Medieval Epic In Yvain the Knight with the Lion, there are many qualities of a medieval epic, such as loyalty, a quest, and a call to adventure. Although each of these are very consistent characteristics only one quality is emphasized throughout the entire book. Throughout the book the one quality shown most frequently is loyalty. We see this both through Lady lunette’s constant loyalty to the lady, as well and the Ladies loyalty to her husband, and in Yvain’s lion. Loyalty is the one quality that stands out as the most prominent throughout the entire story. The first example of loyalty is when Yvain kills Sir Escalados.
It’s not his murder that is an example of loyalty but rather his wife’s grief and remaining loyalty to her now dead husband, regardless of his passing. Even though her husband has died and she is now freed from all wifely duties towards him she remains by his body weeping and tearing at her hair and beating her chest. Yvain mentions that it is her absolute loyalty and devotion to her husband that causes him to fall so deeply in love with her. Another outstanding sign of loyalty is when, hearing of her husband’s murder she calls for the murderer and screams that he is a coward and she would like to show him the pain he has caused her.
Even though she is obviously physically weaker and incapable of holding a fight she still challenges her husbands attacker in an attempt to avenge her husbands untimely death. Another example of loyalty is Lady Lunnette, whose entire character revolves around loyalty. She is loyal to many different people and somehow manages to do what is best for everyone, never leading people astray or giving false advice. For instance, Lady Lunette tells the Lady to meet and forgive the kind soldier and marry him even though she knows he was the cause of Sir Escalados’ death.
She does this out of loyalty both to the Lady and Yvain, knowing that the Lady needs someone to protect her lands and her people. She also helps Yvain win back the lady’s heart when he leaves and forgets to come back to her. She shows kindness to everyone but is an especially loyal creature to Yvain and the lady who she serves. The last example, and perhaps most obvious portrayal of loyalty is Yvain’s lion. The lion became Yvain’s companion when he was saved from being eaten by a dragon. The lion is the only creature in the book that is purely loyal to one person and one person only.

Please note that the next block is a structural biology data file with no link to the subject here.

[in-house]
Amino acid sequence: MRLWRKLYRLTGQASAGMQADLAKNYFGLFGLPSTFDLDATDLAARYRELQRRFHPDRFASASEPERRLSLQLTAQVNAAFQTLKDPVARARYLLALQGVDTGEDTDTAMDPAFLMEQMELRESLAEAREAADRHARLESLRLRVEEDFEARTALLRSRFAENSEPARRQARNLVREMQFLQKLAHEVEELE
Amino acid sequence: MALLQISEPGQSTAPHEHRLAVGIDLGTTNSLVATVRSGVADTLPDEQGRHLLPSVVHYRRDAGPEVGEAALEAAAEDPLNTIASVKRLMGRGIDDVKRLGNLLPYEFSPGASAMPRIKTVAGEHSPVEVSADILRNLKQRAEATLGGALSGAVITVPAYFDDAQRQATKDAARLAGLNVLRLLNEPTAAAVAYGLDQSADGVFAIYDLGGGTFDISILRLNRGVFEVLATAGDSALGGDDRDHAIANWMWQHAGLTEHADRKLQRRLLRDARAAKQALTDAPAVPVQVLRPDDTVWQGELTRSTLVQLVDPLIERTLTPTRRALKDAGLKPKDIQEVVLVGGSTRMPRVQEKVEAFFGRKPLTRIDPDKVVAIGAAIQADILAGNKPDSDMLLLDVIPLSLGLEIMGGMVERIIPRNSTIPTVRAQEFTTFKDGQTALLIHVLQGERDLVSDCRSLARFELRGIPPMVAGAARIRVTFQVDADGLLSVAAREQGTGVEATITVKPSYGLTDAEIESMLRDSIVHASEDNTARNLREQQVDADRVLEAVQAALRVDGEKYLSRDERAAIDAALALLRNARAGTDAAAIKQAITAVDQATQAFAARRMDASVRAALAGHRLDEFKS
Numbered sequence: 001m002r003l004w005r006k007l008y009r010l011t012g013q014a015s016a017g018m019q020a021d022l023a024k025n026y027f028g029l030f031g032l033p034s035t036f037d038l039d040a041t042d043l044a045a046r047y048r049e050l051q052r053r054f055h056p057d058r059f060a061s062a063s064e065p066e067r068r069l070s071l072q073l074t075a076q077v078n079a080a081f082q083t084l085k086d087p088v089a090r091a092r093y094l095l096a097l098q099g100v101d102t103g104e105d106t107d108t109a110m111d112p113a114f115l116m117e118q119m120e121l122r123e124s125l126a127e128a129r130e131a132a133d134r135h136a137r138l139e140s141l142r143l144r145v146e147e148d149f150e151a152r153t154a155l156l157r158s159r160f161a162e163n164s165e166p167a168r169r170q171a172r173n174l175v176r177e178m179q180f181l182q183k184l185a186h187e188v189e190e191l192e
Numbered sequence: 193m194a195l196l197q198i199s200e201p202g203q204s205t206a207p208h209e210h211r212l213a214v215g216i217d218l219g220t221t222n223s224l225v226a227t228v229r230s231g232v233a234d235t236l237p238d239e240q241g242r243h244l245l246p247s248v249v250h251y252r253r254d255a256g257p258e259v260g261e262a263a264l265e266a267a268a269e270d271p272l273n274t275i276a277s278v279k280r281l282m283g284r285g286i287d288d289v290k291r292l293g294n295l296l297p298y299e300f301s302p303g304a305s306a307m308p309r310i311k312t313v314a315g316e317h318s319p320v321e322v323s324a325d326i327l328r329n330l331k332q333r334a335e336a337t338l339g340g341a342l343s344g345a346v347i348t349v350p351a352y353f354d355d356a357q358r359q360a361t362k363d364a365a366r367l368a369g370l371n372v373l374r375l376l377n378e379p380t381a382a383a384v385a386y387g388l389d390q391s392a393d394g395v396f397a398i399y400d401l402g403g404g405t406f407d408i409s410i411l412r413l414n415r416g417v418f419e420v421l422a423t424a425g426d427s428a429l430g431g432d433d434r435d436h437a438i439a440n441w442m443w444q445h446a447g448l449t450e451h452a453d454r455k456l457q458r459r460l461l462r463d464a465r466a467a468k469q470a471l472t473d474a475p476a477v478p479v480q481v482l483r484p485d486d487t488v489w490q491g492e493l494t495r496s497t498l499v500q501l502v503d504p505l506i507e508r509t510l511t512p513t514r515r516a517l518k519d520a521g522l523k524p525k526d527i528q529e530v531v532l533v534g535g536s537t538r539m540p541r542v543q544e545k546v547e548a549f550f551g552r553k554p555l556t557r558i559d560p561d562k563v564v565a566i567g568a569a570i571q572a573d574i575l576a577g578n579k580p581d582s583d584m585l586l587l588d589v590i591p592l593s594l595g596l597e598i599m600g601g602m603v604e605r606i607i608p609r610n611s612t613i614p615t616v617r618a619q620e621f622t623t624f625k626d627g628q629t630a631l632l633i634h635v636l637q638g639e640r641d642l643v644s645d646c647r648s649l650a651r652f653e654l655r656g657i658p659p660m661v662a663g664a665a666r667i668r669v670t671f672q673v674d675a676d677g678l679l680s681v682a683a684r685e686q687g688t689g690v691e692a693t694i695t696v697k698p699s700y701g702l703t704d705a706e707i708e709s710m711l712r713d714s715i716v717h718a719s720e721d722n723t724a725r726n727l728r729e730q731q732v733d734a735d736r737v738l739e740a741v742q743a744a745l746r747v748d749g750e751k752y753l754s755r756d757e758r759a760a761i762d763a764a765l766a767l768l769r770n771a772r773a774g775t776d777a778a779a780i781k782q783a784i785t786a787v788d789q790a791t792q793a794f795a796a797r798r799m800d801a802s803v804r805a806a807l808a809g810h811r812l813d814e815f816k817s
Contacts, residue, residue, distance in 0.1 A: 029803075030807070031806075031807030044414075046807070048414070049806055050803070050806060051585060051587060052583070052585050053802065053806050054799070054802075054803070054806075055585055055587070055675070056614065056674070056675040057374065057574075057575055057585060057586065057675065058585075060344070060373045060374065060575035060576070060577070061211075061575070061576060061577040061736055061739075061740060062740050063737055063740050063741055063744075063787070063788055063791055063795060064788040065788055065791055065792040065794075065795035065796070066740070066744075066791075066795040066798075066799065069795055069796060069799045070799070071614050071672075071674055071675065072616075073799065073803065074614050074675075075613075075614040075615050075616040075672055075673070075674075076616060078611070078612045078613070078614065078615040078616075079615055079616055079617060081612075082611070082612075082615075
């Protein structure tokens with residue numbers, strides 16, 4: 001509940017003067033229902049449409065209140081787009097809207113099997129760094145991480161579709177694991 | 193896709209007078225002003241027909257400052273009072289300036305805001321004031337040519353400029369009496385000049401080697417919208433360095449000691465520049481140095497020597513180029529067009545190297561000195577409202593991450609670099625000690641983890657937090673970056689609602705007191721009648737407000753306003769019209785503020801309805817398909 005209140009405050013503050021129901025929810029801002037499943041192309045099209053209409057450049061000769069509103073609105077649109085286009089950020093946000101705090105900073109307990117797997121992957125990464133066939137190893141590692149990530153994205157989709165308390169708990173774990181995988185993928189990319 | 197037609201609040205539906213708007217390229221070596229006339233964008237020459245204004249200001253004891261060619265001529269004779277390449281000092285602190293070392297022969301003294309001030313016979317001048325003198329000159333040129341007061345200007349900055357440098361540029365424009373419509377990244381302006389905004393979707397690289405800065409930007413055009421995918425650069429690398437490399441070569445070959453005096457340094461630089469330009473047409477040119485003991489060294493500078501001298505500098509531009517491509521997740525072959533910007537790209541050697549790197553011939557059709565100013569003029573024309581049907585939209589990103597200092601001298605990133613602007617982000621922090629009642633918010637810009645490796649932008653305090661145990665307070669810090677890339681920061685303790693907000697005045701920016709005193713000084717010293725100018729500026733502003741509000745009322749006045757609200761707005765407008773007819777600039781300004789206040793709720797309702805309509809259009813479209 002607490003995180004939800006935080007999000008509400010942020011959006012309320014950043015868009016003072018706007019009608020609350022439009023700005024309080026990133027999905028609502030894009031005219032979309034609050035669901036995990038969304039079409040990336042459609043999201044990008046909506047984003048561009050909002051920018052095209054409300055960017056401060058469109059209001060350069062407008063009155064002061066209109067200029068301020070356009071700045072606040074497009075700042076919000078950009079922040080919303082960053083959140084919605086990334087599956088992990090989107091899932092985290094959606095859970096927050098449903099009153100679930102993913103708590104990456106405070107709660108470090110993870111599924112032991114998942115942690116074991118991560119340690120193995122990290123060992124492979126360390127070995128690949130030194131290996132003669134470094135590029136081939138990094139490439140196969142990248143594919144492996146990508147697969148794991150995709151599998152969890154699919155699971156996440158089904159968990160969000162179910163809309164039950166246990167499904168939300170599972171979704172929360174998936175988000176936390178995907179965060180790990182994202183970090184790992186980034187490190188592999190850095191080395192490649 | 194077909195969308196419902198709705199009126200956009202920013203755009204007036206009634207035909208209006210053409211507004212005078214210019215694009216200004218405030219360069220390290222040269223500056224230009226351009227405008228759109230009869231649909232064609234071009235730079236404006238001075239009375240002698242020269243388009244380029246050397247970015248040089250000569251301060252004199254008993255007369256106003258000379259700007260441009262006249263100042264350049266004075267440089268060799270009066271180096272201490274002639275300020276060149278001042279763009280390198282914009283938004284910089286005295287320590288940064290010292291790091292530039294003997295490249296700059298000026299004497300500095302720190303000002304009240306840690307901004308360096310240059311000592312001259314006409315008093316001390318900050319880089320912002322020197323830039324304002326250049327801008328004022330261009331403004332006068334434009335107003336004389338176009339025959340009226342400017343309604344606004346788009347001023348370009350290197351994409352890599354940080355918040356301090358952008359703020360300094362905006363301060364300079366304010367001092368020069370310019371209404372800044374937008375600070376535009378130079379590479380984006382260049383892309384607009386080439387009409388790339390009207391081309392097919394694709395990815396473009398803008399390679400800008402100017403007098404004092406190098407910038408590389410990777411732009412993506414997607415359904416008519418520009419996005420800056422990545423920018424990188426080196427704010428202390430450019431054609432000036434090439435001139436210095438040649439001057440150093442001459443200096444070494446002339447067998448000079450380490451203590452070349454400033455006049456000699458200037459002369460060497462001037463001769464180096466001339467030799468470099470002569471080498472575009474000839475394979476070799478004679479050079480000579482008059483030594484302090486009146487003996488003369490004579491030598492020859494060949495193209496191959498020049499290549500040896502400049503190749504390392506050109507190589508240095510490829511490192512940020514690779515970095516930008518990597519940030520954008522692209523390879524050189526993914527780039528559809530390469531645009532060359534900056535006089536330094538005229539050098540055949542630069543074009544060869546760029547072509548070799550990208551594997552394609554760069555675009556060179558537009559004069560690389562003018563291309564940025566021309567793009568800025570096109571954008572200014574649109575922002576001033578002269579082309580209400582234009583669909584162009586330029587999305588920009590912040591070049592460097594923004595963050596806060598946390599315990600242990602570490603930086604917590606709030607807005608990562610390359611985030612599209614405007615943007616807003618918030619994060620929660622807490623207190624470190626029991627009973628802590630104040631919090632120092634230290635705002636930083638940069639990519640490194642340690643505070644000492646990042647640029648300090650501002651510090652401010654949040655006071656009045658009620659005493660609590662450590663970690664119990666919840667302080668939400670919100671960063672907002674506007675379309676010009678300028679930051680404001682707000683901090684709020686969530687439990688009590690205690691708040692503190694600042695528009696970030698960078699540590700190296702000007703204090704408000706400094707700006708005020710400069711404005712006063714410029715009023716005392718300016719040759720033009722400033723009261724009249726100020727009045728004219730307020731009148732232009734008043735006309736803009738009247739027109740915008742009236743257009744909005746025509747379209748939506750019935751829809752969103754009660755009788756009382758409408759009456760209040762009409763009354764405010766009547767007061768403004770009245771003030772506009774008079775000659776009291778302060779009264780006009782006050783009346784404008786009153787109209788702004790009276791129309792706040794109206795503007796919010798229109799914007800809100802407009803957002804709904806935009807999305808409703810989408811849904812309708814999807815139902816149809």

After Yvain saves him from the dragon he follows him around everywhere serving as a companion, pet and protector. On more than one occasion the lion saves Yvian from other men and even helps him to fight although he has done more than repay his debt to Yvain. The best example of this is when Yvain goes to fight a group of men and they lock the lion in a cage. Rather than sit and wait for his master the lion burrows out of the cage and attacks the people who threatened Yvain, ensuring no harm comes to him.
Though these are only a few examples, they show one of the greatest and most important characteristics, not only in a medieval epic but also in Yvain the Knight with the Lion. The duty and honor with which each of the characters treats one another shows exactly how valued loyalty is. The characters go, more than once, out of their way to go above and beyond the call of friendship and be impossibly loyal in deadly situations. This shows exactly why loyalty is the one quality that stands out as the most prominent throughout the entire story.